Elections and opinion polls look a bit similar from a distance, but they’re very different beasts. An election is a decision mechanism, an opinion poll is an estimation procedure. If you want an election, the Electoral Commission does an excellent job; if you want an opinion survey, you might try Colmar Brunton or Stats NZ.
Binding referendums1, in the New Zealand model, are like elections. There’s a proposed change in the law, which we hope has been carefully drafted, put out for public commemt, and the whole bit, and which is then put up for vote. If it wins, it’s in; if it doesn’t, it’s out.
New Zealand also has non-binding referendums that combine the worst aspects of opinion polls and elections: they’re still binary choices, but they don’t decide anything.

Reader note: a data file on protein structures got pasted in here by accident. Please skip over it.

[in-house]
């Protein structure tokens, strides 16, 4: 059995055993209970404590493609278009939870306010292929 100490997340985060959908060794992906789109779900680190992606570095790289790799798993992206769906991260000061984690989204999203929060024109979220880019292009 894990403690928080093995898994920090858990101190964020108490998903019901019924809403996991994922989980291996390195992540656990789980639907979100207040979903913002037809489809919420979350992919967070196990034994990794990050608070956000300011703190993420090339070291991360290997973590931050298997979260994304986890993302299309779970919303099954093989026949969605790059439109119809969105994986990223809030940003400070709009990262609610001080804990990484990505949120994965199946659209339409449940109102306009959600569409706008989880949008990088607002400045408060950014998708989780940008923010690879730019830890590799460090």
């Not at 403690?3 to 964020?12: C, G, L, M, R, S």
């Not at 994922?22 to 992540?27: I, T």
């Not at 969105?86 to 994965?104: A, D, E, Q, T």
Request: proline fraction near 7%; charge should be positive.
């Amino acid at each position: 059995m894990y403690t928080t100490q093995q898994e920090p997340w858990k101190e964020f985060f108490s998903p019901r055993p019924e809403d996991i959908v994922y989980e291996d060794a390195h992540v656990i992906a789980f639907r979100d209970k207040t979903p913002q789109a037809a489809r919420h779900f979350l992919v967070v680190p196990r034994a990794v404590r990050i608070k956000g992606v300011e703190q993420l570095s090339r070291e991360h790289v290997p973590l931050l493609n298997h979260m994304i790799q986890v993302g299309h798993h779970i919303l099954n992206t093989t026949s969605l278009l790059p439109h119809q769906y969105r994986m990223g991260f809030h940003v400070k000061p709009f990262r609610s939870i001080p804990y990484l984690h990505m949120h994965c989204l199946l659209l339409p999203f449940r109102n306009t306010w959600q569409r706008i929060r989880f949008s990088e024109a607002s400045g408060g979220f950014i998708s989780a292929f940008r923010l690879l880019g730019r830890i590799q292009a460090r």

The new referendum on cannabis legalisation is an attempt to interpolate between the models. It’s not binding, but the government calls it binding; there’s a draft law, but not a finalised law; there’s a vote that won’t make a decision, but will make an election promise for the parties currently in government.
I don’t want to be too snarky about this2. There’s one very good aspect to today’s announcement: there’s an almost unlimited number of ways to legalise cannabis, and the government has come up with a proposal that it’s prepared to back for a vote – one that’s more than a straw man, and is worth debating. It’s a more restricted model than even the state of Washington; much more restrictive than the NZ rules on alcohol. It’s likely to avoid a lot of the potential harms of cannabis legalisation, but it might also avoid some of the potential benefits.